I'm not saying this is one, but there's something amazingly seductive about the novel packaged as memoir. I read Marla Morgan's Mutant Message Down Under believing it to be true. It caused a bit of a sensation at the time, as I believe she persuaded (or tricked) a Native Australian Elder into corroborating it, but it was later proved to be complete fiction. Read as truth it was powerful stuff, but most of that power fled when it was found to be untrue.


message 11: by Aaron, Moderator (new) - rated it 4 stars

Aaron Carson | 1216 comments Well this is a very interesting point. I've come to the conclusion that the power of my imagination, (or anyone else's), is as valid as any "factual" finding. It's important to remember which is which, (and which one society considers valid,) but not so important to rank them in one's own mind.

I've experimented with spells I learned directly from fantasy novels, which had no pretensions of being autobiographical, or even "well researched", but were simply a flight of fancy, and they've worked.

You can tell from this paragraph that I have Sun in Pisces in the first house, and Neptune square sun. But I also have Cap rising, and like to be clear in my own head about what is what, as well as Moon in Virgo in the eighth. I love categories for magical things, and I love to obsess over them. which is why these discussions are so much fun for me.

I'm going to try to do some field research here in the Himalayas, and try to use that to cross check my own question here. I could probably find out more than google can just because of where I am. It was actually very frustrating for me when I read "The Third Eye" and realised I had no idea if his claims were true or not in spite of the fact that I live an hour away from a Tibetan colony and go there regularly to buy insense, statues, and consult the Tibetan Witch Doctor.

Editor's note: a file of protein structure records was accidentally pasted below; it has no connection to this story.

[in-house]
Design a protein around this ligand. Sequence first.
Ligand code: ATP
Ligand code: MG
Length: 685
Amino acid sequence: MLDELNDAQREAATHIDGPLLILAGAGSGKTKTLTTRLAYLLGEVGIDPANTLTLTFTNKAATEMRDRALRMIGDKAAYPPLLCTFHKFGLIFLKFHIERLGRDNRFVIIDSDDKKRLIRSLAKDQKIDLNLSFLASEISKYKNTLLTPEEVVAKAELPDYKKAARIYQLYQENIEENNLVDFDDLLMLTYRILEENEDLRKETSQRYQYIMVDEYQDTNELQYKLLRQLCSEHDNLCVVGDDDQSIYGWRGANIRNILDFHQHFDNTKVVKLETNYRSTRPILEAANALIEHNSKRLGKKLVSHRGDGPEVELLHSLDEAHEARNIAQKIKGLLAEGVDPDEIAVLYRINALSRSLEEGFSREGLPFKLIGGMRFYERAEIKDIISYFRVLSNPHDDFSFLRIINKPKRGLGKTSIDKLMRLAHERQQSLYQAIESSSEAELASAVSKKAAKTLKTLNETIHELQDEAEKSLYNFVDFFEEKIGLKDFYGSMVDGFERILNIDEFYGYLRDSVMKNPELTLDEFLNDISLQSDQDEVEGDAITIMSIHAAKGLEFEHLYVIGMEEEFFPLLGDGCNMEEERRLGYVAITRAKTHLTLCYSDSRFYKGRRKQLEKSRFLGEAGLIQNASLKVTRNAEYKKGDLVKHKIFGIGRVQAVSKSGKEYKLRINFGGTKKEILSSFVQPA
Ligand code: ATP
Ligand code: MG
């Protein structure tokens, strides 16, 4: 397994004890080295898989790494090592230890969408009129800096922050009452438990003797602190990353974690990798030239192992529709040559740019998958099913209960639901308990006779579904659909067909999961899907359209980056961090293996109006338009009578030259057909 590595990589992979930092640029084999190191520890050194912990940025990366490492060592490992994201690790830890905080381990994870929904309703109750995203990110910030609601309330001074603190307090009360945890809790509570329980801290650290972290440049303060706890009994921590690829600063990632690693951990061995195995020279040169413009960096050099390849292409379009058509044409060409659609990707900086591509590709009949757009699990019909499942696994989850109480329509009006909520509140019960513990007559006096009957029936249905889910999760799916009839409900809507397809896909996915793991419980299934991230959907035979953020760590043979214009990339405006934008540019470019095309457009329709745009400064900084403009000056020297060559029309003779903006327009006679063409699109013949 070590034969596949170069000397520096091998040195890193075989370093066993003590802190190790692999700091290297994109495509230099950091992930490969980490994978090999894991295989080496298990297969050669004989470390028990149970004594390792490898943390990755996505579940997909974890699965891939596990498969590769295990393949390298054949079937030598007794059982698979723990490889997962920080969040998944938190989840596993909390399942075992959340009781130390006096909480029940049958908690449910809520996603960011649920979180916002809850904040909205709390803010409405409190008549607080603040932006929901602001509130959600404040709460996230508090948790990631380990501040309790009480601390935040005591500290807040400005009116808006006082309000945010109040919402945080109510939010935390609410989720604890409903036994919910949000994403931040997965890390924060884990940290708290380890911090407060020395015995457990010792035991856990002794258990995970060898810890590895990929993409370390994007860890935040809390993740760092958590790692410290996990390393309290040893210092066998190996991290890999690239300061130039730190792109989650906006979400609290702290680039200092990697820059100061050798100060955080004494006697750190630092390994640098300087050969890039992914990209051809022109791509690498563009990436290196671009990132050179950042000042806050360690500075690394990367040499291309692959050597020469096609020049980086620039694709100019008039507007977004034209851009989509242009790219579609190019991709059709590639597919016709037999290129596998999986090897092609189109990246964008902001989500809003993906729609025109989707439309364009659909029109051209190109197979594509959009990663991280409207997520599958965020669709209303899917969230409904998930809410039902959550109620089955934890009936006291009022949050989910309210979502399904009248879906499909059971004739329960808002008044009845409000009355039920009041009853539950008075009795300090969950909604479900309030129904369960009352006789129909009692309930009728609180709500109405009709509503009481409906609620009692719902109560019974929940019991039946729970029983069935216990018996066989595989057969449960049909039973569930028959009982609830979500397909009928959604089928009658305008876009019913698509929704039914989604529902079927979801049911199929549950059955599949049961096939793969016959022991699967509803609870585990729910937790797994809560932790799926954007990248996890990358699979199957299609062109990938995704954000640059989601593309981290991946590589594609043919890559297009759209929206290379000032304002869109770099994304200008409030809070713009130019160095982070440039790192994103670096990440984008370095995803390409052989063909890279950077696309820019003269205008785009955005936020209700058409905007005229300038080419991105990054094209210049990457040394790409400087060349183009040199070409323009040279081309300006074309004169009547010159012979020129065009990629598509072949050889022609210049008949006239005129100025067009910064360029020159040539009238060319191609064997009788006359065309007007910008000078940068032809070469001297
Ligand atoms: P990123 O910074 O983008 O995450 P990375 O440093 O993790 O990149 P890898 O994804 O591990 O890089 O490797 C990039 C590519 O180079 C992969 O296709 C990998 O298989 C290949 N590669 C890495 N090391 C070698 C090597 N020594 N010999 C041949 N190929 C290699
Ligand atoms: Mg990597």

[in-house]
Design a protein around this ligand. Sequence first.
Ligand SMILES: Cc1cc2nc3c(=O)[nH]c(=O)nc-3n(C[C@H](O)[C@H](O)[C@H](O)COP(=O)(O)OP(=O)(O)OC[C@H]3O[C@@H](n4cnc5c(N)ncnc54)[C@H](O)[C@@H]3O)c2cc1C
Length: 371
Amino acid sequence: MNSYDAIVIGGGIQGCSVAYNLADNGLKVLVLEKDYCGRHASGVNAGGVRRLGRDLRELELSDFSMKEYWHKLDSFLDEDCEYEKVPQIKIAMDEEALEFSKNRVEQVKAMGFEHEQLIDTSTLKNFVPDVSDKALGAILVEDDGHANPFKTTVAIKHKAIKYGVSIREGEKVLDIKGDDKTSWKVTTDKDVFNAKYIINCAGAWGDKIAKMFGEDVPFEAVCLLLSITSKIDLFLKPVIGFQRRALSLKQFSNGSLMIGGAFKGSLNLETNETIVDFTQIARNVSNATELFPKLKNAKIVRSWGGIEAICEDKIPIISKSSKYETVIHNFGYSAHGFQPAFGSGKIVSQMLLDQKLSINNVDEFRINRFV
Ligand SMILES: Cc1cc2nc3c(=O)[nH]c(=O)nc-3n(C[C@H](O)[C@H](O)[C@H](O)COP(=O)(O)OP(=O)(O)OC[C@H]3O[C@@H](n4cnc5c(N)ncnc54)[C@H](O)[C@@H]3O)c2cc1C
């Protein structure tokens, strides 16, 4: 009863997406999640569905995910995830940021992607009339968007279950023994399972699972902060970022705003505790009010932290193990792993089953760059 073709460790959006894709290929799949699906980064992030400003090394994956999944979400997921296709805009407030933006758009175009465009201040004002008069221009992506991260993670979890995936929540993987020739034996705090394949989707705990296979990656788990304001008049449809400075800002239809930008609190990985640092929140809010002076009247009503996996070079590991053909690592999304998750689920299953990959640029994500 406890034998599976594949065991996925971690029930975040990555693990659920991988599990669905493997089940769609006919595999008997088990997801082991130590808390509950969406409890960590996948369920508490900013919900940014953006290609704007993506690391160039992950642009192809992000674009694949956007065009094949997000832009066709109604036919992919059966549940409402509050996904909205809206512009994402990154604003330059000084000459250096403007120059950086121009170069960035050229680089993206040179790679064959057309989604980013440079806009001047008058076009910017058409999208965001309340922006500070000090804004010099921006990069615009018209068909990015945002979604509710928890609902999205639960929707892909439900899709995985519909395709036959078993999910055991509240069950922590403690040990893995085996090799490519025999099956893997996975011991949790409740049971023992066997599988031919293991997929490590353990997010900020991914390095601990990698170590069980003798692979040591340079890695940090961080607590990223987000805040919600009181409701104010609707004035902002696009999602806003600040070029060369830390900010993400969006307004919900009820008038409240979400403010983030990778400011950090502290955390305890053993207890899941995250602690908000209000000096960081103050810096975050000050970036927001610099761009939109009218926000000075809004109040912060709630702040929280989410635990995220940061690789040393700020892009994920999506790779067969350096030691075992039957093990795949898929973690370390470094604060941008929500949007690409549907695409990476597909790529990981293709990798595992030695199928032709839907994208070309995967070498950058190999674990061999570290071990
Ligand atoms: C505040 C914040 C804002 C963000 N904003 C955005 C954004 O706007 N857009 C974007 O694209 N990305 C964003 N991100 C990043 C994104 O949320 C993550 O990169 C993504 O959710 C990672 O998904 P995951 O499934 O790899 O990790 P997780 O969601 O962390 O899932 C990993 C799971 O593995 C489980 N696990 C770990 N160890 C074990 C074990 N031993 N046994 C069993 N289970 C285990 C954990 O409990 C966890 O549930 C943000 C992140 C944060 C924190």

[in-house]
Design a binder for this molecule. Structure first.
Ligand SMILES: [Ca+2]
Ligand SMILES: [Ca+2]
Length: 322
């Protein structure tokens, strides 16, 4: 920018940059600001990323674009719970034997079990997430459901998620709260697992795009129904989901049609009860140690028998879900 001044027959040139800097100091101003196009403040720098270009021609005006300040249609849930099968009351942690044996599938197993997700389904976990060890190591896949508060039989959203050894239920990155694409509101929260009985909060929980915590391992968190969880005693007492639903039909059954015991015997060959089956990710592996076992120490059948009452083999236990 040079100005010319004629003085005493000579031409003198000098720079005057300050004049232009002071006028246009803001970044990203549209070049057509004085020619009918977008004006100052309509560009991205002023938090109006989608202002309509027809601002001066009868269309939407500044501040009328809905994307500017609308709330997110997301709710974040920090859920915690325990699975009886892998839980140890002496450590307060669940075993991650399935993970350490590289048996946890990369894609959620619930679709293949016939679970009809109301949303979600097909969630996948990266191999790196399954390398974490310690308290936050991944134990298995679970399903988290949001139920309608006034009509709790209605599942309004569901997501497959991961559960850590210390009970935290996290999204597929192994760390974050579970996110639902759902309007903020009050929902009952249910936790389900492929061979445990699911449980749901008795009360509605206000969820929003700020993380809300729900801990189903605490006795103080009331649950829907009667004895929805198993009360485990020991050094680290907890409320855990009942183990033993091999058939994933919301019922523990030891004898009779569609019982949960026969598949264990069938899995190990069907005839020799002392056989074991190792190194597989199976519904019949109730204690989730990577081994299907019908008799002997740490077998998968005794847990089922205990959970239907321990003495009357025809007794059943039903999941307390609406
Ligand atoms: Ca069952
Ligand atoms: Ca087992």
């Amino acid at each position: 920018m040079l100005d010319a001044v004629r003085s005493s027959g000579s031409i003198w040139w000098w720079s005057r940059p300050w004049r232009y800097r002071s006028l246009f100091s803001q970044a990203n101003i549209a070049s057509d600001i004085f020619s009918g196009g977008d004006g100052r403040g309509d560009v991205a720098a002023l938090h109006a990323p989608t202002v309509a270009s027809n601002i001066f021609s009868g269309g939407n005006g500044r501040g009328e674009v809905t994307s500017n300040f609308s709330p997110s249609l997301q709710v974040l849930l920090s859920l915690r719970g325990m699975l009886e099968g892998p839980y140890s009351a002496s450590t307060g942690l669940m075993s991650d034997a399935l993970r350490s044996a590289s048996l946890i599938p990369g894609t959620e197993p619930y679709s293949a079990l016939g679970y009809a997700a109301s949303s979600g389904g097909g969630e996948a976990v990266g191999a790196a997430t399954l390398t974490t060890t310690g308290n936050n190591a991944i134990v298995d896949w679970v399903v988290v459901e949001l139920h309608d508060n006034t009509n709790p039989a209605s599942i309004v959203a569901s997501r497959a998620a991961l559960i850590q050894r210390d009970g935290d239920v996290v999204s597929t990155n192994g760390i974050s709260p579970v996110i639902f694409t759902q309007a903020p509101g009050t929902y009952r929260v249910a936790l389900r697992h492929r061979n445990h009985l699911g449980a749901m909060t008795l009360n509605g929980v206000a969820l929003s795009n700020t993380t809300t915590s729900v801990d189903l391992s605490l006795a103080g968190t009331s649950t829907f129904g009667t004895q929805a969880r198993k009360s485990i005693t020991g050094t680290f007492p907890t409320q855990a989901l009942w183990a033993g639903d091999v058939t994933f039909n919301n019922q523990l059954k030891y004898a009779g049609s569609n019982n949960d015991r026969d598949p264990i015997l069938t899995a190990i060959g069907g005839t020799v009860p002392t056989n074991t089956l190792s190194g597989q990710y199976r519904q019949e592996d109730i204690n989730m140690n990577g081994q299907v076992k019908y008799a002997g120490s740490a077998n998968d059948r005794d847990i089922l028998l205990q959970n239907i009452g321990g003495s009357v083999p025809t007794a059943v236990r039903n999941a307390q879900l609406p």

message 12: by Aaron, Moderator (new) - rated it 4 stars

Aaron Carson | 1216 comments By the way Nell, I did write to the Tibet Society, but never received an answer.

Their main issue was with the fact that he'd used the term "God" in his works. They said that Tibetan Buddhists don't believe in God but only the Self or the Void. I think they weren't taking into account that the British part of him was still writing for western audiences and was probably trying to make the terminology accessible.

I personally don't find there's a huge difference between God, Void, and Self, for the practical intents and purposes of spirituality. Being a moon in Virgo in the eighth sort of person, I was more curious about the paper windows.


message 13: by Ancestral (new)

Ancestral Gael Aaron wrote: "I've experimented with spells I learned directly from fantasy novels, which had no pretensions of being autobiographical, or even "well researched", but were simply a flight of fancy, and they've worked. "

There are many people who use effective magic inspired by fiction. There is a whole movement that goes along with it. I thought it was chaos, but I could be wrong.


message 14: by [deleted user] (new)

Aaron wrote: "I'd even just be curious for my own my own sake, whether some of these things are really practiced in Gompa's. The practice of using an insense stick to burn a third eye through the forehead sounds..."

Wow, formidable mother-in-law. Wouldn't want to get on the wrong side of her.

I've had quite a few people recommend Lobsang Rampa. Never actually read any of his work yet--I think his sixties vagueness makes me hesitant (although I've read other spiritual books written then). Every opp shop I've ever been inside has had several copies of his books. Not sure what that says about his work...

Re fact and fiction, and effective magic inspired by fiction, I think the ritual is there to focus the mind and channel the energy, so anything can be made into ritual. I find this an interesting subject. The addict's ritual invokes a strange magic too, that adds to or exacerbates (depending on who you are talking to) the state entered when the substance is taken. The priest or religion's rituals help worshippers enter a mediative state. (Am I comparing religion and substance dependence? Perhaps.) If wearing a robe and chanting in Enochian aids you, fine. So too, if wearing a hat with blue flowers and holding a sacred jar of vegemite, works, then go for it.


message 15: by Catherine (last edited Apr 02, 2013 09:49AM) (new)

Catherine Veritas | 12 comments I second this thought. We are influencing the web of life all the time anyway—the ritual integrates our bodies (subtle and physical) and focuses that influence. Wisdom, gleaned from fiction, experience (experiment) or direct teaching, helps us direct our influence for the greatest benefit.